What's in this article?
- 1 Blurred Vision Symptoms & Signs
- 2 Causes of blurred vision
- 3 Diabetes and Blurred Vision
Blurry vision is the loss of sharpness of eyesight, making objects appear out of focus and hazy.
The primary causes of blurred vision are refractive errors nearsightedness, farsightedness and astigmatism or presbyopia. But blurry vision also can be a symptom of more serious problems, including a potentially sight-threatening eye disease or neurological disorder.
Blurred vision can affect both eyes, but some people experience blurry vision in one eye only.
Cloudy vision, where objects are obscured and appear “milky,” is often mistaken for blurry vision. Cloudy vision usually is a symptom of specific conditions such as cataracts, but blurry and cloudy vision can both be symptoms of a serious eye problem.
A qualified eye doctor can measure the extent of your blurred vision and determine the cause with a comprehensive eye exam, including spatial contrast sensitivity, slit-lamp and standard Snellen eye chart tests.
Sudden blurry vision that persists could be a sign of a serious health problem, and you should see a doctor immediately.
Blurred Vision Symptoms & Signs
Blurred vision refers to a lack of sharpness of vision resulting in the inability to see fine detail. Blurred vision may result from abnormalities present at birth such as nearsightedness or farsightedness that require corrective lenses (eyeglasses) or it may signal the presence of eye disease. Blurry vision may be experienced in one eye or in both eyes, depending upon the cause. Blurred vision can also be a symptom of numerous conditions that do not directly involve the eye, such as migraine or stroke. A number of medications may also lead to temporary blurring of vision as a side effect. Sometimes, blurred vision is associated with other symptoms, depending upon its cause, including headache, sensitivity to light, or redness and irritation of the eyes.
Causes of blurred vision
There are many different eye problems and conditions that can cause blurred vision. These include:
To understand how refractive errors cause blurred vision, it first helps to understand how the eye works.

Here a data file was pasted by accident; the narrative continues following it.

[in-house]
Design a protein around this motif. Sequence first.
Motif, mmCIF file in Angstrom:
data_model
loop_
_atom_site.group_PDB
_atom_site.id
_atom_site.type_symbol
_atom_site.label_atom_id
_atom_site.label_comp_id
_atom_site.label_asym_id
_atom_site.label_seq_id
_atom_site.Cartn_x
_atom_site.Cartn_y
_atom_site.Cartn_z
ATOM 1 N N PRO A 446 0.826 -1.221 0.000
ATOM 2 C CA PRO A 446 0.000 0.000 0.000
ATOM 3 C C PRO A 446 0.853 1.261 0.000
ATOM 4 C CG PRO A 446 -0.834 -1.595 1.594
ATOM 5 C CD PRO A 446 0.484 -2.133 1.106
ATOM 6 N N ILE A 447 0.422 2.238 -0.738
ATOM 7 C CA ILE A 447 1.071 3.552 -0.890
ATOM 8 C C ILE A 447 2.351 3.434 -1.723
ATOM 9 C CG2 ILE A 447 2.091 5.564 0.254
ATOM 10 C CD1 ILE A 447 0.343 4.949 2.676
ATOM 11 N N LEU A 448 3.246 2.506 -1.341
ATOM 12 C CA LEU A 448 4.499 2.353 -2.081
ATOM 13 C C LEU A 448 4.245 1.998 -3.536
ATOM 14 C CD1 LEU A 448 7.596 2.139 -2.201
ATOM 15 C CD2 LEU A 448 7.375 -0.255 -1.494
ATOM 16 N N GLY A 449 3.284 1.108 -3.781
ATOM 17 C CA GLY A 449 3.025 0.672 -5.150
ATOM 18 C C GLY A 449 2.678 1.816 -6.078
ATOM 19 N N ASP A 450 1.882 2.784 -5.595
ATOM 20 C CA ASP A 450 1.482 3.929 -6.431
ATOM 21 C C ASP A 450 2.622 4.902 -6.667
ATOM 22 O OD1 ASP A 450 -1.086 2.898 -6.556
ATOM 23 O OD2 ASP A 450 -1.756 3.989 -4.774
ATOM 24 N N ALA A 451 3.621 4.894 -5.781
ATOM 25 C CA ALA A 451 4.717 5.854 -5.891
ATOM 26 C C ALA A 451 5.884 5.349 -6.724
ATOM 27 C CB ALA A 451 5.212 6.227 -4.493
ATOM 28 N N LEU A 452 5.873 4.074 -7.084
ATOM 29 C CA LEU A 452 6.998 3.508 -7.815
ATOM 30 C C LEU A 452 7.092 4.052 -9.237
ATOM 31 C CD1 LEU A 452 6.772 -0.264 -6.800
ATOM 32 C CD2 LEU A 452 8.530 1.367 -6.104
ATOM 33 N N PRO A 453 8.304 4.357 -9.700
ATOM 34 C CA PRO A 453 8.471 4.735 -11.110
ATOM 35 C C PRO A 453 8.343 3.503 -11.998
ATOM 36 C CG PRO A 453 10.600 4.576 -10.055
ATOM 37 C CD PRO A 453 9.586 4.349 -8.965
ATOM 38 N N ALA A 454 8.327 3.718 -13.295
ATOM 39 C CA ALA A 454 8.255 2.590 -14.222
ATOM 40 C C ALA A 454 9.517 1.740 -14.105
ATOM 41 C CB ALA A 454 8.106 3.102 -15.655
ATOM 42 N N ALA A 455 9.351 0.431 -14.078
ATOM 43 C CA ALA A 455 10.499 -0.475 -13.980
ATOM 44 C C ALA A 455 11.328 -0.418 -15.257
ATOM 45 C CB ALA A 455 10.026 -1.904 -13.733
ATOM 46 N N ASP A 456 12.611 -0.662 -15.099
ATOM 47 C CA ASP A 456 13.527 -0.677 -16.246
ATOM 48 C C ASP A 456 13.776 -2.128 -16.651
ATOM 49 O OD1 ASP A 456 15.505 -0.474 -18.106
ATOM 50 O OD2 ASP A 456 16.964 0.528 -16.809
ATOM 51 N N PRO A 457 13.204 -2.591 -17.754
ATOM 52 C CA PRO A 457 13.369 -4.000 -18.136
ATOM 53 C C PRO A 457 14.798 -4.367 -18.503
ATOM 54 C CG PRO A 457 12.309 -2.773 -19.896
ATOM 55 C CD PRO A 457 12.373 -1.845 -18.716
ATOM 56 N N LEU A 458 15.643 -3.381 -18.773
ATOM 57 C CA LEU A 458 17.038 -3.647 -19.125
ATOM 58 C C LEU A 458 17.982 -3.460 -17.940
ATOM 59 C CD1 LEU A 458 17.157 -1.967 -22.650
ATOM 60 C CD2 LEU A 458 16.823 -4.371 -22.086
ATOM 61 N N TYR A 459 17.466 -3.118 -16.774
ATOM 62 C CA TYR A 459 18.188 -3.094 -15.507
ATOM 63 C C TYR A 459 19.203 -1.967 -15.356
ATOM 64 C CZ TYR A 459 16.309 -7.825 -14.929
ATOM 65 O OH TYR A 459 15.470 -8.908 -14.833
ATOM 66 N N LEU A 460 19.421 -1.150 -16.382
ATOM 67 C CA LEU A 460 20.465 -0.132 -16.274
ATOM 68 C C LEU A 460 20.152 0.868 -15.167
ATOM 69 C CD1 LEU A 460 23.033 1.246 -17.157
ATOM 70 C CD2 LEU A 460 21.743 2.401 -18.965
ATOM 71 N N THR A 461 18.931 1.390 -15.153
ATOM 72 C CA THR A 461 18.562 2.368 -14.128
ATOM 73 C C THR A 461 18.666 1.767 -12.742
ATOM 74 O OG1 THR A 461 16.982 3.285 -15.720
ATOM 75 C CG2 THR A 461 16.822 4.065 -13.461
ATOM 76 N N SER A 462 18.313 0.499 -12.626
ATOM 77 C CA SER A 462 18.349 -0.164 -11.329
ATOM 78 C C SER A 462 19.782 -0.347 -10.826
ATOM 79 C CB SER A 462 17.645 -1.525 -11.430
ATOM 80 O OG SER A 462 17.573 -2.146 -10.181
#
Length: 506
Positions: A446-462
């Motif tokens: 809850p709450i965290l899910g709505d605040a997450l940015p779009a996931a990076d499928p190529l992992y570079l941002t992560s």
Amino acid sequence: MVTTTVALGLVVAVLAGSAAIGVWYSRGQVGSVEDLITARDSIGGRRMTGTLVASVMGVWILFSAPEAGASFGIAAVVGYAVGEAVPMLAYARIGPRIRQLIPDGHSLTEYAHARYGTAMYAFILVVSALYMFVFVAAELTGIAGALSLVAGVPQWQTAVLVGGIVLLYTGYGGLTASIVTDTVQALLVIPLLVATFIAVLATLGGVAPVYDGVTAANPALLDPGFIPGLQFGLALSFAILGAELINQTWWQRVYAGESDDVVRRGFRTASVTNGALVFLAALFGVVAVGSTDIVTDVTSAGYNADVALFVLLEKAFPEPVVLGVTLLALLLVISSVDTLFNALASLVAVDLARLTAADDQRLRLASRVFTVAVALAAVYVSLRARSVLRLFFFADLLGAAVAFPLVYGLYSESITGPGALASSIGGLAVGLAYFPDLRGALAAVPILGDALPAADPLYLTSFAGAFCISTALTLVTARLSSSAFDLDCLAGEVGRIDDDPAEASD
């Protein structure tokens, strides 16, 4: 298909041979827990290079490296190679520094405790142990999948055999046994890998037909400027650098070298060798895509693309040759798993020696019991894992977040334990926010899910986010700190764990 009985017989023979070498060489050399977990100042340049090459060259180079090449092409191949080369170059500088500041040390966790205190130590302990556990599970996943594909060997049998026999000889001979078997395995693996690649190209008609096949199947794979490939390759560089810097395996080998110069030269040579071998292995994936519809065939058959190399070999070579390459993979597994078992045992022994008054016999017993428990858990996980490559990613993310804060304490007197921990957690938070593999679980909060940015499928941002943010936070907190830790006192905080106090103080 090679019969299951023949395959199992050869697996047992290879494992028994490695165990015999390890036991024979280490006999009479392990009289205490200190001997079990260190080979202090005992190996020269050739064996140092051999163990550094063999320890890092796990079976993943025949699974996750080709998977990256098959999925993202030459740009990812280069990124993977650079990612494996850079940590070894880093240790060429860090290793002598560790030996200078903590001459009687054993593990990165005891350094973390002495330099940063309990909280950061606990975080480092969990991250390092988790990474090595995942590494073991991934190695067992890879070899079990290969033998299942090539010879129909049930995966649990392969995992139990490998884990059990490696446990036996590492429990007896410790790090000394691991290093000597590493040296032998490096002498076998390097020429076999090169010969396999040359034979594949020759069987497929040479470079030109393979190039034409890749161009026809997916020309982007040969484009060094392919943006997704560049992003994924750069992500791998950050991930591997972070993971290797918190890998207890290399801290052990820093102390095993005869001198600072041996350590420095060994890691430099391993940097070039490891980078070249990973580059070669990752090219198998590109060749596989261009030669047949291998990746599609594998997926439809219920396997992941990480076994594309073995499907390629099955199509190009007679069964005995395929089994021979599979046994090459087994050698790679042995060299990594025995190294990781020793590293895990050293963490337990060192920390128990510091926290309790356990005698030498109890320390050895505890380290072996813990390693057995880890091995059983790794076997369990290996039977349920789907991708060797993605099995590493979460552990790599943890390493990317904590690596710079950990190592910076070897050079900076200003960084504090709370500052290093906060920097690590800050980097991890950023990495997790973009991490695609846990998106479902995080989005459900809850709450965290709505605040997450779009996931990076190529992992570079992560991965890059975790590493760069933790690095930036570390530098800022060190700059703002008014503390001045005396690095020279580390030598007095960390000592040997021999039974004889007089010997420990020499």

Refractive errors that cause blurred vision include:
- Long sightedness: causes blurred vision when viewing objects close up, such as when reading a book or using a computer.
- Short sightedness: causes blurred vision when viewing objects at a distance, such as when watching television or driving.
- Astigmatism: causes blurred vision when viewing objects at any distance, from reading and computer use, to driving and watching television.
Cataracts are a clouding of the lens in your eye. At first, any blurred eyesight may be almost imperceptible. However, cataracts can eventually result in severe blurred vision that has a major impact on your independence.
If you have had a cataract removed and your blurry vision re-occurs, posterior capsule opacity also known as a ‘secondary cataract’ – may be the cause.
Diabetic retinopathy is a condition associated with diabetes. High blood sugar levels cause damage to the retina (the focusing surface at the back of the eye). The final stage of diabetic retinopathy, known as macular oedema, can cause blurred vision.
An epiretinal membrane is a thin, fibrous layer that forms over the retina (the focusing surface at the back of the eye). It acts like a film that partially blocks the light entering your eye, which results in blurred vision.
Keratoconus is an eye disease that results in a conically shaped cornea (the clear front ‘window’ of your eye). Because the cornea does much of the eye’s focusing, the irregular shape can cause blurred vision.
Macular degeneration and macular holes
The macula is the central part of the retina at the back of your eye. It allows you to see detail, colour, and things directly in front of you. Macular degeneration and macular holes damage the macula, causing central vision to become blurred.
A detached retina is a serious medical emergency that can cause sudden blurred vision. It may also cause a number of other symptoms, such as flashes and floaters, and sudden blindness.
Retinal vein occlusion
If the blood vessels that feed the retina (the focusing surface at the back of the eye) become blocked, it is known as a retinal vein occlusion. This can cause sudden blurred vision, and also sudden blindness.
A pterygium is a benign growth that occurs on the surface of the eye. Sometimes, a pterygium can grow onto the cornea. If this occurs, it can alter the shape of the cornea, causing blurred vision.
If blood leaks into the vitreous ‘gel’ that fills your eye, it can block the light that enters your eye, causing blurred vision. Vitreous haemorrhage can be caused by trauma or injury, or it may be a result of an eye condition, such as diabetic retinopathy.
Eye infection, inflammation or injury
Many people suffer blurry vision as a result of an eye infection or injury. Eyelid and eyelash problems can sometimes cause blurred vision, as can the common eye infection conjunctivitis.
Diabetes and Blurred Vision
Don’t run out and buy a new pair of glasses as soon as you notice you have blurred vision. It could just be a temporary problem that develops rapidly and is caused by high blood sugar levels.
High blood sugar causes the lens of the eye to swell, which changes your ability to see. To correct this kind of blurred vision, you need to get your blood sugar back into the target range. For many people this is from70 mg/dL to 130 mg/dL before meals and less than 180 mg/dL one to two hours after the start of a meal. Ask your doctor what your personal target range should be.
Blurred vision can also be a symptom of more serious eye problems. If your vision is blurred, contact your doctor.